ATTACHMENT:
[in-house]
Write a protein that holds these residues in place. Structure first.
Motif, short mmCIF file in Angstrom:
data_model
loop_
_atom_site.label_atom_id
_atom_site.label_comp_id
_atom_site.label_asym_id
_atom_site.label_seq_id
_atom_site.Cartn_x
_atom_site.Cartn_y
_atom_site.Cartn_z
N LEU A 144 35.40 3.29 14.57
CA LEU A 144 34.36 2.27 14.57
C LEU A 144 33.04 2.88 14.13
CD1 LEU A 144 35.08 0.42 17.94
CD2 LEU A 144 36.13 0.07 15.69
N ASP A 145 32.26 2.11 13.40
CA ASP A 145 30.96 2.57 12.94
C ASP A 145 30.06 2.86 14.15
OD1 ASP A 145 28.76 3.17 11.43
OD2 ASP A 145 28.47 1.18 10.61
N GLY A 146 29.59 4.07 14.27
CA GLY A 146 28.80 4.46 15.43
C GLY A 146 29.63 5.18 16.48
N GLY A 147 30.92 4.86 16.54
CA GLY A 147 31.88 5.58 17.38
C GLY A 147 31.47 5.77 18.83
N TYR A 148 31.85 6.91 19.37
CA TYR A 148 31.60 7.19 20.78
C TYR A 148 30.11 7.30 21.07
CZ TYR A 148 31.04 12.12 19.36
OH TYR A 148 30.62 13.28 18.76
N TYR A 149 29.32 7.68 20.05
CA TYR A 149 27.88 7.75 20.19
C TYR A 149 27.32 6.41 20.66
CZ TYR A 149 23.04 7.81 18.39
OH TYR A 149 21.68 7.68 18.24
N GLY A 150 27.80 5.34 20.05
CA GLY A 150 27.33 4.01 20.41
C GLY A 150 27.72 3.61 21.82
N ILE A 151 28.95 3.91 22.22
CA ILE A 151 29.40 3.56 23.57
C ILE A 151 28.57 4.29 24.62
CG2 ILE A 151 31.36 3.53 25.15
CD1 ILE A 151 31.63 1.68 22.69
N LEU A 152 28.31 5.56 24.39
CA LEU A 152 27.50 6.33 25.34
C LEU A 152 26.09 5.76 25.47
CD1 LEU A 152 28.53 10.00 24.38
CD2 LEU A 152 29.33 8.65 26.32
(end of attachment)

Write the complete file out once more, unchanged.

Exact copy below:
[in-house]
Write a protein that holds these residues in place. Structure first.
Motif, short mmCIF file in Angstrom:
data_model
loop_
_atom_site.label_atom_id
_atom_site.label_comp_id
_atom_site.label_asym_id
_atom_site.label_seq_id
_atom_site.Cartn_x
_atom_site.Cartn_y
_atom_site.Cartn_z
N LEU A 144 35.40 3.29 14.57
CA LEU A 144 34.36 2.27 14.57
C LEU A 144 33.04 2.88 14.13
CD1 LEU A 144 35.08 0.42 17.94
CD2 LEU A 144 36.13 0.07 15.69
N ASP A 145 32.26 2.11 13.40
CA ASP A 145 30.96 2.57 12.94
C ASP A 145 30.06 2.86 14.15
OD1 ASP A 145 28.76 3.17 11.43
OD2 ASP A 145 28.47 1.18 10.61
N GLY A 146 29.59 4.07 14.27
CA GLY A 146 28.80 4.46 15.43
C GLY A 146 29.63 5.18 16.48
N GLY A 147 30.92 4.86 16.54
CA GLY A 147 31.88 5.58 17.38
C GLY A 147 31.47 5.77 18.83
N TYR A 148 31.85 6.91 19.37
CA TYR A 148 31.60 7.19 20.78
C TYR A 148 30.11 7.30 21.07
CZ TYR A 148 31.04 12.12 19.36
OH TYR A 148 30.62 13.28 18.76
N TYR A 149 29.32 7.68 20.05
CA TYR A 149 27.88 7.75 20.19
C TYR A 149 27.32 6.41 20.66
CZ TYR A 149 23.04 7.81 18.39
OH TYR A 149 21.68 7.68 18.24
N GLY A 150 27.80 5.34 20.05
CA GLY A 150 27.33 4.01 20.41
C GLY A 150 27.72 3.61 21.82
N ILE A 151 28.95 3.91 22.22
CA ILE A 151 29.40 3.56 23.57
C ILE A 151 28.57 4.29 24.62
CG2 ILE A 151 31.36 3.53 25.15
CD1 ILE A 151 31.63 1.68 22.69
N LEU A 152 28.31 5.56 24.39
CA LEU A 152 27.50 6.33 25.34
C LEU A 152 26.09 5.76 25.47
CD1 LEU A 152 28.53 10.00 24.38
CD2 LEU A 152 29.33 8.65 26.32